As bad as shallowness is, I would have to argue that discrimination based on racial inferiority is much worse; in other words, it is adding insult to injury to maintain that White bodies are more aesthetically superior to “Colored” bodies. To reiterate, the irony is uncanny to say the least, that a group of men who were teased for their femininity (even to this day) are capable of such grotesque behavior is almost hard to wrap one’s head around.  Han utilizes the example of an “Us Weekly article titled ‘Sexy shirtless [Hollywood] stars!’…When readers click…the article, they are treated to a photo gallery of sixty-three shirtless male starts, sixty of whom are white. Predictably, none of the sexy, shirtless hunks are Asian.” (Han, 70) To say that White Males are perceived as more aesthetic is, in other words, to pretty much state that White Males are ethnically superior. And for it to be nonchalantly portrayed in the media makes it the norm.

 

I would be remiss however, were I not to voice a criticism for this piece, and that is, I felt Han should have specified more on South Asians as opposed to just a bit, as if their struggle is minimal compared to the East Asians. Perhaps I’m being biased in my judgment, as a South Asian male, however there’s actually a short film that touches on this issue called “Yellow Fever” about a young Asian man who is baffled when he sees more and more Asian girls ending up with “White Guys” and not the other way around. He then receives advice from his Indian friend who essentially mocks him and says, “how often do you see an Indian guy with a white girl? It’s like one in a million. Literally.” I will give the author credit for mentioning the examples in TV shows like The Big Bang Theory and Rules of Engagement (Han, 71 & 74) where although, South Asians are portrayed despite being are less popularized in Hollywood in comparison to East Asians. And when South Asians (Indians, mainly) are portrayed, it’s often perceived as a simple-minded person, with a very thick accent (that is often feigned or exaggerated). Moreover, the actor portraying them is usually not even South Asian (e.g., Apu from The Simpsons and Fisher Stevens in Short Circuit 2) an issue pointed out by Indian-American comedian Aziz Ansari in a New York Times article.

 

This essay could not be complete without mentioning two specific philosophers who do a wonderful job in illuminating the struggles women have in attaining a specific body type that  is both “sexy” and gives them reason to be relevant. Their relevancy however, is limited to them only being regarded as objects despite overcoming numerous efforts in the workplace as well as educational gain to be able to “sit at the grown up table”. These philosophers, Sheila Lintott and Sherri Irvin, in their essay, Sex Objects and Sexy Subjects: A Feminist Reclamation of Sexiness, of do a wonderful job by shining a light an issue that perhaps some people notice, but no one sidea of women having to be “sexy” to be relevant. But their relevance is limited to them being regarded only as objects; and this simply won’t do.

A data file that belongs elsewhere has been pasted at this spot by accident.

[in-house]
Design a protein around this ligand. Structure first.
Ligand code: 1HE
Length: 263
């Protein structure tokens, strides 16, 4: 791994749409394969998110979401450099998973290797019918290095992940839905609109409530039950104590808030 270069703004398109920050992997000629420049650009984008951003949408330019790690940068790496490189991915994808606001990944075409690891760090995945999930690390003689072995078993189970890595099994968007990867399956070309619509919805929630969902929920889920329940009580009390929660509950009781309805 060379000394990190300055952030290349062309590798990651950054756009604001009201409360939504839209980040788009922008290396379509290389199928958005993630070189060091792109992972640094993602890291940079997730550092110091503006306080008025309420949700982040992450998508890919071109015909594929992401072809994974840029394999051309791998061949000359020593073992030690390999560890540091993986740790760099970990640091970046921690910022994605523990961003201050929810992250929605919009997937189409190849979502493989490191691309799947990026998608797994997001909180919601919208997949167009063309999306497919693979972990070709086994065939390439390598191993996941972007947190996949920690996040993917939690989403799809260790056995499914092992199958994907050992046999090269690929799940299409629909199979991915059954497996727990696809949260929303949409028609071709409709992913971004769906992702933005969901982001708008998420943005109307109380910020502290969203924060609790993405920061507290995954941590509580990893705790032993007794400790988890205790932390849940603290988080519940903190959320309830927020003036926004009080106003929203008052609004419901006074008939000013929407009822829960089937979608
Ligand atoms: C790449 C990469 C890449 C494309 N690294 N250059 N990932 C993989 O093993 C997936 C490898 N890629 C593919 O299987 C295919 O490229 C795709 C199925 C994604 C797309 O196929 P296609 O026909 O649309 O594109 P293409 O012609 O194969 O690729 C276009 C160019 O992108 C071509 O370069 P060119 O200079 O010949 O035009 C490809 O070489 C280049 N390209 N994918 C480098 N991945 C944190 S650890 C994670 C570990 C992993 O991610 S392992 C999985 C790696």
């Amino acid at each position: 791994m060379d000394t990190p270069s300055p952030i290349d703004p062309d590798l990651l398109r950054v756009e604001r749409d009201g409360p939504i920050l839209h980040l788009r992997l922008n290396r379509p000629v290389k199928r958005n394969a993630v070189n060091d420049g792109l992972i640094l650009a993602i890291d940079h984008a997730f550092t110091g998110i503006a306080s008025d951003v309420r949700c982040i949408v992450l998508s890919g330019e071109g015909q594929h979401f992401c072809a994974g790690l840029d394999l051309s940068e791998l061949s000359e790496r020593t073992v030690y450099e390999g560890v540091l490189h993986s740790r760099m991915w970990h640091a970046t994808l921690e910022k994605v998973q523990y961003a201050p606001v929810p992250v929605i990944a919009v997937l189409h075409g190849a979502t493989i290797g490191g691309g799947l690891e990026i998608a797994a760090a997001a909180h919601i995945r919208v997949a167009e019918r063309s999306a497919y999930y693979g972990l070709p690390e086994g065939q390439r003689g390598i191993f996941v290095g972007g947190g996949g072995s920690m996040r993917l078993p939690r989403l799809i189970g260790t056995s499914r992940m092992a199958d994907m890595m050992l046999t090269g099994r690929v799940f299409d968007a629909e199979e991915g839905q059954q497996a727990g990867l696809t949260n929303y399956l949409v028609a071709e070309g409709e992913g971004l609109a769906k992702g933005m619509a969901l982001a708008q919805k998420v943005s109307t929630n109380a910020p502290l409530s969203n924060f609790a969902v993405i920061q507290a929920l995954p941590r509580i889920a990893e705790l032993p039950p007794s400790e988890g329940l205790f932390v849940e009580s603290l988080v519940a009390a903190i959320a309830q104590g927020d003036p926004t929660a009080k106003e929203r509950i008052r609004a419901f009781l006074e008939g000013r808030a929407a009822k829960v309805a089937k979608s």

Primarily, the authors attempt to break down the idea of the word “sexy” and relate it to how women were seen as objects of reproduction. In subsequent years, feminists will rise up and reject this notion of sexiness as “women are more than reproductive machines, even when considered as sexual beings.” (Lintott & Irvin, 303) The latter definition of sexiness “has to do with sexual pleasure and satisfaction” (Lintott & Irvin, 304) To clarify, the authors contend that “the prurient conception of sexiness classifies pregnant, disabled, and elderly women as asexual, as unable or unfit to engage in sexual intercourse and give or receive sexual satisfaction.”

Another point the authors touch on is how we can challenge these notions of sexiness with ethics: “to find someone sexy, in the respectful sense, is to recognize the sexualized subject animated in a body and to respect the subject in part for how they choose or choose not to infuse their own version of sexuality into their own body.” (Lintott & Irvin, 306) In other words, we mustn’t place our own interpretations of sexiness as universal terms but rather, look for the particular characteristics of the individual that makes them sexy; i.e., in their own way.

With that said, Lintott and Irvin seek to determine whether or not notions of sexiness can be considered aesthetic. According to them, it is possible, however “attributions of sexiness…should be responsive to the person as they actually are, not merely as they seem to us.” (Lintott & Irvin, 315) It seems like because individuals are unable to make fair judgements on what is sexy and what is not, make the idea of sexiness as aesthetic very problematic. Particularly, because for Lintott and Irvin, we cannot simply “say ‘He is sexy, and by that I mean I would experience sexual desire for him if I were attracted to fat men’; ‘She is sexy, and by that i mean that a person who finds it possible to experience desire for elderly women would desire her.’” (Lintott & Irvin, 310)